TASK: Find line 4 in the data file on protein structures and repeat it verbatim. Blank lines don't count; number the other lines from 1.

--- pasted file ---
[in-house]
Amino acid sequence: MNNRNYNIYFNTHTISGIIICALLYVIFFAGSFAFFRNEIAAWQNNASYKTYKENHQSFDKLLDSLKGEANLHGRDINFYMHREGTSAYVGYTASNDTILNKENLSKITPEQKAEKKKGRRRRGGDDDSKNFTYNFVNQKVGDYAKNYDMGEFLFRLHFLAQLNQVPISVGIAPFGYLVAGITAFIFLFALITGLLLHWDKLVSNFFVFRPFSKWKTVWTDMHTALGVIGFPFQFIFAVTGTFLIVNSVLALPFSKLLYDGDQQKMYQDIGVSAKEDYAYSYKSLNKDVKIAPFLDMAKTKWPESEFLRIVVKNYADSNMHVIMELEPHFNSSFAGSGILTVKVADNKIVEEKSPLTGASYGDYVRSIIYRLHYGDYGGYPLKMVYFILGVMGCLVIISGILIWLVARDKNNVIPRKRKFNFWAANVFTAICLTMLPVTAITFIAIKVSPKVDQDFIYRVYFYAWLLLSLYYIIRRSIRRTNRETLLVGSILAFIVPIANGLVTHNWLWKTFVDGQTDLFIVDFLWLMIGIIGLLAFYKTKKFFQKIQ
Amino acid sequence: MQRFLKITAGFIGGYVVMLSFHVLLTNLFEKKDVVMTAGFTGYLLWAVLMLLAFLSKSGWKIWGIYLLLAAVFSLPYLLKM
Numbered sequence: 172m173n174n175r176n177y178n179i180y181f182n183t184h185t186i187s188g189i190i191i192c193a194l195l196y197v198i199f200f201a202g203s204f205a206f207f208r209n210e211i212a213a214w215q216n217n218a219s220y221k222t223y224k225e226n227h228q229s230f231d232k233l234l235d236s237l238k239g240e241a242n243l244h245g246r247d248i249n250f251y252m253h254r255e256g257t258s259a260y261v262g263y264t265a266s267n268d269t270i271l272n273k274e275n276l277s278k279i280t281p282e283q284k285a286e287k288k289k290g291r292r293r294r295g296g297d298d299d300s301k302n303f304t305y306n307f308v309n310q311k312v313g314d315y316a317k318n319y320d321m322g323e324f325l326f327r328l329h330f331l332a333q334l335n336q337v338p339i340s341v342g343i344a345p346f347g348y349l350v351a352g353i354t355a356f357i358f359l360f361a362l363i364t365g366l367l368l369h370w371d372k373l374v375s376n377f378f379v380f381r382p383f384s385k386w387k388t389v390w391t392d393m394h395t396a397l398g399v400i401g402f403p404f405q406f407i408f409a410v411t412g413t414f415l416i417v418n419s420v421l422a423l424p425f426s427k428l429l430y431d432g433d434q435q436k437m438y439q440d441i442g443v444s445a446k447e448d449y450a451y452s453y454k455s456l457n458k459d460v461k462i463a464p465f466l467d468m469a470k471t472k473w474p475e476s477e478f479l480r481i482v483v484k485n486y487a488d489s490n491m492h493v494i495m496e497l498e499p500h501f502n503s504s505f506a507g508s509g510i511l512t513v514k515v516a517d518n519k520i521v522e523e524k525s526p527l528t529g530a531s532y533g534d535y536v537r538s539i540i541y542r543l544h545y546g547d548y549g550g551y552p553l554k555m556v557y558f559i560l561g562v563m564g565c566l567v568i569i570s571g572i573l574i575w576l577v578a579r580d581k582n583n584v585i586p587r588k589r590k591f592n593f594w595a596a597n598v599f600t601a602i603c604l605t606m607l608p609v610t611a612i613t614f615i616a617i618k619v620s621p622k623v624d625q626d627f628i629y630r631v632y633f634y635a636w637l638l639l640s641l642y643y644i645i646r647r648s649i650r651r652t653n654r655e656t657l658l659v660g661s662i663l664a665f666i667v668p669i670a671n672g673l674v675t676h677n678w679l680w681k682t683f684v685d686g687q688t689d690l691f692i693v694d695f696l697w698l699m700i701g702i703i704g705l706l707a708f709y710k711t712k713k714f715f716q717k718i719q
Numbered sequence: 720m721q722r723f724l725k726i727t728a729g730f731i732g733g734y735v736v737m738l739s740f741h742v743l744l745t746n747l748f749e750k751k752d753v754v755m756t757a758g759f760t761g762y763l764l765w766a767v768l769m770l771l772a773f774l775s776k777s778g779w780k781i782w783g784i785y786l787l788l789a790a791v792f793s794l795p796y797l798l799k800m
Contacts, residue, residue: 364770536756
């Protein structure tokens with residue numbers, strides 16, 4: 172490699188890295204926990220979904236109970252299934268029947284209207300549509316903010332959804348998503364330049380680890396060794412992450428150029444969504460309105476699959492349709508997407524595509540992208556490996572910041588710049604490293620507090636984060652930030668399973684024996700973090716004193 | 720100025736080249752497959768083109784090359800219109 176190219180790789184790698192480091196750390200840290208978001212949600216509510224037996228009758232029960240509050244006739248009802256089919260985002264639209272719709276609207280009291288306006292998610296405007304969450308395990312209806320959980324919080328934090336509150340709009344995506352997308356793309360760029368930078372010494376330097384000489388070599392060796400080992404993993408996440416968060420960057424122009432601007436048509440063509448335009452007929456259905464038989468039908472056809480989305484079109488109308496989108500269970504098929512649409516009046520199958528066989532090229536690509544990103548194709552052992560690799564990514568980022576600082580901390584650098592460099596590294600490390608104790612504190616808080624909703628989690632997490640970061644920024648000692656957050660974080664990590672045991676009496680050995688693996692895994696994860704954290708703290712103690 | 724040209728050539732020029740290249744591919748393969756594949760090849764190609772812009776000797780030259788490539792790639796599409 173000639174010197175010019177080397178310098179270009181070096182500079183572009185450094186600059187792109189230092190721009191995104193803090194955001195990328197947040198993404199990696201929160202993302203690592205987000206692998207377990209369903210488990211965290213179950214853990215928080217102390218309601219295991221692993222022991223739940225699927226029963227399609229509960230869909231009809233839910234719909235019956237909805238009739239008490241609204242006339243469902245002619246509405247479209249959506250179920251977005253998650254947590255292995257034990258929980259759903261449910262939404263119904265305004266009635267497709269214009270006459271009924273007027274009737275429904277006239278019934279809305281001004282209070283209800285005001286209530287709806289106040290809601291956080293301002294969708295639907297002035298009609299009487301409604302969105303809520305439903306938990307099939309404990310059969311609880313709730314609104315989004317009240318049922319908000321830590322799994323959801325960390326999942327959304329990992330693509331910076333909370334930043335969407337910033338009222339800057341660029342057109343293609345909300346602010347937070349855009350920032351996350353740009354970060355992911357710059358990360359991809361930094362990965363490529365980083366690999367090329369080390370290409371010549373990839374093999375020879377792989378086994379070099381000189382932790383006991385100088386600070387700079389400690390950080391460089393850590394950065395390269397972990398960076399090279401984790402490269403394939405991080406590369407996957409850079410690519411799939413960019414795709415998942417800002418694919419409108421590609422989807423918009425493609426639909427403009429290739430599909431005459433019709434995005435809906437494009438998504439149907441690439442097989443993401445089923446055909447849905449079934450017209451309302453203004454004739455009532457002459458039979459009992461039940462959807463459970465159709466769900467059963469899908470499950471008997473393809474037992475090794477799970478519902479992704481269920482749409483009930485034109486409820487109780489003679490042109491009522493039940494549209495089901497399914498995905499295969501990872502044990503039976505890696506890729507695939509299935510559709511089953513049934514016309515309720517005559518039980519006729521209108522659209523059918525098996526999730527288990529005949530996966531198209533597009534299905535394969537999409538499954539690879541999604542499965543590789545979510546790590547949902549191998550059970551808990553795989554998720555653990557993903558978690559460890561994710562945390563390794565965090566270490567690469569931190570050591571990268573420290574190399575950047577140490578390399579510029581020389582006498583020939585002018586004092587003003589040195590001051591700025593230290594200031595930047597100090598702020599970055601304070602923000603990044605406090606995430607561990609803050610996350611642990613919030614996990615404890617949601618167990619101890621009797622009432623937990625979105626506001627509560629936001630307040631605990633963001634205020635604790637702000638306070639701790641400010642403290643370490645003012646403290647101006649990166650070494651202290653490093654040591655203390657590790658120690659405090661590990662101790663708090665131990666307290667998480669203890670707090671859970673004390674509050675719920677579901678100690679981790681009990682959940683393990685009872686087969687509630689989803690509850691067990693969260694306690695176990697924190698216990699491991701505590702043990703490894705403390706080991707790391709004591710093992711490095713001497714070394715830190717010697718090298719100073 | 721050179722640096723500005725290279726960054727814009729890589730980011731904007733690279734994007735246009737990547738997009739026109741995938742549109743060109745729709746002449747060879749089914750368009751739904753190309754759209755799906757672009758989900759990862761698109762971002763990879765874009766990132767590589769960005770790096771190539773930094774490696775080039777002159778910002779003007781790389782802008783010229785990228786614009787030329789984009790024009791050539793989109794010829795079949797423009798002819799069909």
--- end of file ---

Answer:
Numbered sequence: 172m173n174n175r176n177y178n179i180y181f182n183t184h185t186i187s188g189i190i191i192c193a194l195l196y197v198i199f200f201a202g203s204f205a206f207f208r209n210e211i212a213a214w215q216n217n218a219s220y221k222t223y224k225e226n227h228q229s230f231d232k233l234l235d236s237l238k239g240e241a242n243l244h245g246r247d248i249n250f251y252m253h254r255e256g257t258s259a260y261v262g263y264t265a266s267n268d269t270i271l272n273k274e275n276l277s278k279i280t281p282e283q284k285a286e287k288k289k290g291r292r293r294r295g296g297d298d299d300s301k302n303f304t305y306n307f308v309n310q311k312v313g314d315y316a317k318n319y320d321m322g323e324f325l326f327r328l329h330f331l332a333q334l335n336q337v338p339i340s341v342g343i344a345p346f347g348y349l350v351a352g353i354t355a356f357i358f359l360f361a362l363i364t365g366l367l368l369h370w371d372k373l374v375s376n377f378f379v380f381r382p383f384s385k386w387k388t389v390w391t392d393m394h395t396a397l398g399v400i401g402f403p404f405q406f407i408f409a410v411t412g413t414f415l416i417v418n419s420v421l422a423l424p425f426s427k428l429l430y431d432g433d434q435q436k437m438y439q440d441i442g443v444s445a446k447e448d449y450a451y452s453y454k455s456l457n458k459d460v461k462i463a464p465f466l467d468m469a470k471t472k473w474p475e476s477e478f479l480r481i482v483v484k485n486y487a488d489s490n491m492h493v494i495m496e497l498e499p500h501f502n503s504s505f506a507g508s509g510i511l512t513v514k515v516a517d518n519k520i521v522e523e524k525s526p527l528t529g530a531s532y533g534d535y536v537r538s539i540i541y542r543l544h545y546g547d548y549g550g551y552p553l554k555m556v557y558f559i560l561g562v563m564g565c566l567v568i569i570s571g572i573l574i575w576l577v578a579r580d581k582n583n584v585i586p587r588k589r590k591f592n593f594w595a596a597n598v599f600t601a602i603c604l605t606m607l608p609v610t611a612i613t614f615i616a617i618k619v620s621p622k623v624d625q626d627f628i629y630r631v632y633f634y635a636w637l638l639l640s641l642y643y644i645i646r647r648s649i650r651r652t653n654r655e656t657l658l659v660g661s662i663l664a665f666i667v668p669i670a671n672g673l674v675t676h677n678w679l680w681k682t683f684v685d686g687q688t689d690l691f692i693v694d695f696l697w698l699m700i701g702i703i704g705l706l707a708f709y710k711t712k713k714f715f716q717k718i719q